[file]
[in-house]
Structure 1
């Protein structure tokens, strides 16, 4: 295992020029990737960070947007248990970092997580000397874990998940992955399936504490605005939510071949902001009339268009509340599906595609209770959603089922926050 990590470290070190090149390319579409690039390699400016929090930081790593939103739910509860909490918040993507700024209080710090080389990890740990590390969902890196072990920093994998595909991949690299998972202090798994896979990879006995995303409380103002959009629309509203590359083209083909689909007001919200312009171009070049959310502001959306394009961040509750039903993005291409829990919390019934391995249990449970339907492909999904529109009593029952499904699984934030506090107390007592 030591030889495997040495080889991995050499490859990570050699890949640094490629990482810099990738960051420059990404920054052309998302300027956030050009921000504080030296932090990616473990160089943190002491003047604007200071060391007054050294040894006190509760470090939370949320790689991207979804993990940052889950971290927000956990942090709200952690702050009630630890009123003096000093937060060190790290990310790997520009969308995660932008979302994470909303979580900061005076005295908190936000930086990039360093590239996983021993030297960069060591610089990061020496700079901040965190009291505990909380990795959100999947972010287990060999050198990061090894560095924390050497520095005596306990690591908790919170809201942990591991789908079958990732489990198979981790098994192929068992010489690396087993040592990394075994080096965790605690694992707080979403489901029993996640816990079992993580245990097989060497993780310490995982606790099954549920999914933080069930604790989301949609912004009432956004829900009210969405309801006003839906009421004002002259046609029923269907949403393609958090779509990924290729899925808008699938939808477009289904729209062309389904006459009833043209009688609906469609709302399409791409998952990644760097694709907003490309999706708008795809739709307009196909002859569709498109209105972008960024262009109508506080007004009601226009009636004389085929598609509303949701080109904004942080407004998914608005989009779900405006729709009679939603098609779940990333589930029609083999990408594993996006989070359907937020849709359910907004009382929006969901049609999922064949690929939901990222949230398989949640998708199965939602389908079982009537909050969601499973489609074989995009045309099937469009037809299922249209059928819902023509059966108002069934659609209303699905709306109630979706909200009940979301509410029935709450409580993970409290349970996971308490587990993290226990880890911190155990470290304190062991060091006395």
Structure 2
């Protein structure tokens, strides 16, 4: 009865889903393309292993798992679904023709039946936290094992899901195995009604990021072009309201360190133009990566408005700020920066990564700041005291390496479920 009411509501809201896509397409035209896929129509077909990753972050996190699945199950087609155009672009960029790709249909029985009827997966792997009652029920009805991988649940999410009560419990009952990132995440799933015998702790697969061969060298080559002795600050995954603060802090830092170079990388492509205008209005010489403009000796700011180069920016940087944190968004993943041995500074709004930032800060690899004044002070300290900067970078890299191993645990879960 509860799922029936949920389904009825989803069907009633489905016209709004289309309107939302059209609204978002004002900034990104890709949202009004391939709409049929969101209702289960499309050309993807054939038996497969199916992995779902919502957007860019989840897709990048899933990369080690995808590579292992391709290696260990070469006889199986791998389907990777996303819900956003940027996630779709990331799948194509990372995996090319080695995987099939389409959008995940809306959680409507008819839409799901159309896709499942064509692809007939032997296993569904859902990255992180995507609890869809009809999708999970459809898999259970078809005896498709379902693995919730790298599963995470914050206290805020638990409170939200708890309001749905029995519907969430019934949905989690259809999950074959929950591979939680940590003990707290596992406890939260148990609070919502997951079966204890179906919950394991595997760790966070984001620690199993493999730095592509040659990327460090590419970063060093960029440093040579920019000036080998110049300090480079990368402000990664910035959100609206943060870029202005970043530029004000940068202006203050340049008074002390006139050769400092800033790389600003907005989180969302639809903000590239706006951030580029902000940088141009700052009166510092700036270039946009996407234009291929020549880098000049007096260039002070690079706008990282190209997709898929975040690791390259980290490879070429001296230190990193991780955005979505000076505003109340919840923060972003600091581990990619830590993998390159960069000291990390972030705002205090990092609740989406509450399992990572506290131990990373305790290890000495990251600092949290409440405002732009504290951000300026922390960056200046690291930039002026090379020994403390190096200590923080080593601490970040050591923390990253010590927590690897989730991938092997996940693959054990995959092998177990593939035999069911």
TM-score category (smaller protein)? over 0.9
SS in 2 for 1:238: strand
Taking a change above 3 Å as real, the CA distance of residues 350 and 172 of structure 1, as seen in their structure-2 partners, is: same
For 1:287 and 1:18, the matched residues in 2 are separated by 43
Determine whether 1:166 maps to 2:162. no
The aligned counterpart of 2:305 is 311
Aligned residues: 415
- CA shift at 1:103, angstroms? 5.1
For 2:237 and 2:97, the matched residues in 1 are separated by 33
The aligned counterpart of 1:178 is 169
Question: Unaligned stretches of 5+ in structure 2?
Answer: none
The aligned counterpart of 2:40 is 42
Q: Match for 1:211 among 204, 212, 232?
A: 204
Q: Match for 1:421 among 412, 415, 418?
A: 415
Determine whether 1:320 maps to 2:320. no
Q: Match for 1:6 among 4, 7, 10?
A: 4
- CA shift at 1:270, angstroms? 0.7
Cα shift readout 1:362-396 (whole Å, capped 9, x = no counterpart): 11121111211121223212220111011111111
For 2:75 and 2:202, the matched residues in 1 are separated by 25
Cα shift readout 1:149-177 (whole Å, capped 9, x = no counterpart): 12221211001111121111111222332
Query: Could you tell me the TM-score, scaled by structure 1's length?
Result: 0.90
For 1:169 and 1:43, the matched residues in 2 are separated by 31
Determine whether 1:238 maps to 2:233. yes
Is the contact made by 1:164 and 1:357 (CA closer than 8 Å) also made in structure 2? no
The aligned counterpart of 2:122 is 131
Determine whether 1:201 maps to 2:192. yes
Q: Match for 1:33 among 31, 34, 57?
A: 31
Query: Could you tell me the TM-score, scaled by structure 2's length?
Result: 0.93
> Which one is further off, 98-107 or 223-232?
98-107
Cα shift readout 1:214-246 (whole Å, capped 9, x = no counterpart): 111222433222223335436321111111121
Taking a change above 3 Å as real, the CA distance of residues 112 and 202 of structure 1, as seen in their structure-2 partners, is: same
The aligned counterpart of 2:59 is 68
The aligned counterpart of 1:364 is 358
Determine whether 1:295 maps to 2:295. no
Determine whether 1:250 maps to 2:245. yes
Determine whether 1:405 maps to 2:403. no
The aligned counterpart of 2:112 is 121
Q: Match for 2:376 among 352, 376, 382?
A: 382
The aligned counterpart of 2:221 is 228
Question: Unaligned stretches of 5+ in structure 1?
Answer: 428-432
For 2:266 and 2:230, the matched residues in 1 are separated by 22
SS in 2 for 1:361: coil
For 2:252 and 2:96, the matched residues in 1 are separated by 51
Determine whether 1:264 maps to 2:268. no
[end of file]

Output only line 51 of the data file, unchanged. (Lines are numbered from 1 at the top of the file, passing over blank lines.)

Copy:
Q: Match for 2:376 among 352, 376, 382?